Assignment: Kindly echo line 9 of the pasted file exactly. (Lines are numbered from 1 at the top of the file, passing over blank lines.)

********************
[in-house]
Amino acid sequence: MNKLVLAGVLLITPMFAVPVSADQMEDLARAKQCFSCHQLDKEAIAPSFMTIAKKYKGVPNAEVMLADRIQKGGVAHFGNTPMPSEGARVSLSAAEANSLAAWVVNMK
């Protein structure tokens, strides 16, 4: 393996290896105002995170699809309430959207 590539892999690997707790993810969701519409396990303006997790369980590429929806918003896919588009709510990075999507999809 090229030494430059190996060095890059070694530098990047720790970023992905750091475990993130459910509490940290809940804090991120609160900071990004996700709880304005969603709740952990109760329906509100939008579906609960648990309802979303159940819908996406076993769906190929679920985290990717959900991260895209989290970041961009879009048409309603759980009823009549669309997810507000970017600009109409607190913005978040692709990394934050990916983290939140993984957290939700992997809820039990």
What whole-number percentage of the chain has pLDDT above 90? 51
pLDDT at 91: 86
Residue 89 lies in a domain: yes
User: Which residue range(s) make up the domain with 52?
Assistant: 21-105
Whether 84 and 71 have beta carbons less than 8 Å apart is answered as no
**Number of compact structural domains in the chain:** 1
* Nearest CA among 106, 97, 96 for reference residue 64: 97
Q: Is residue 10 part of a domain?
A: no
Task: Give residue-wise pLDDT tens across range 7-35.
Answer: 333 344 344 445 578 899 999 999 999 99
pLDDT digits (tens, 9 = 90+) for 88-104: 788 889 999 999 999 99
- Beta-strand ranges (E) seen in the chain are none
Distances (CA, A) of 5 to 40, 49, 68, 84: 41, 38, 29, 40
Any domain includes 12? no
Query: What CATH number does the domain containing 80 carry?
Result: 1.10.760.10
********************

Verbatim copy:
Whether 84 and 71 have beta carbons less than 8 Å apart is answered as no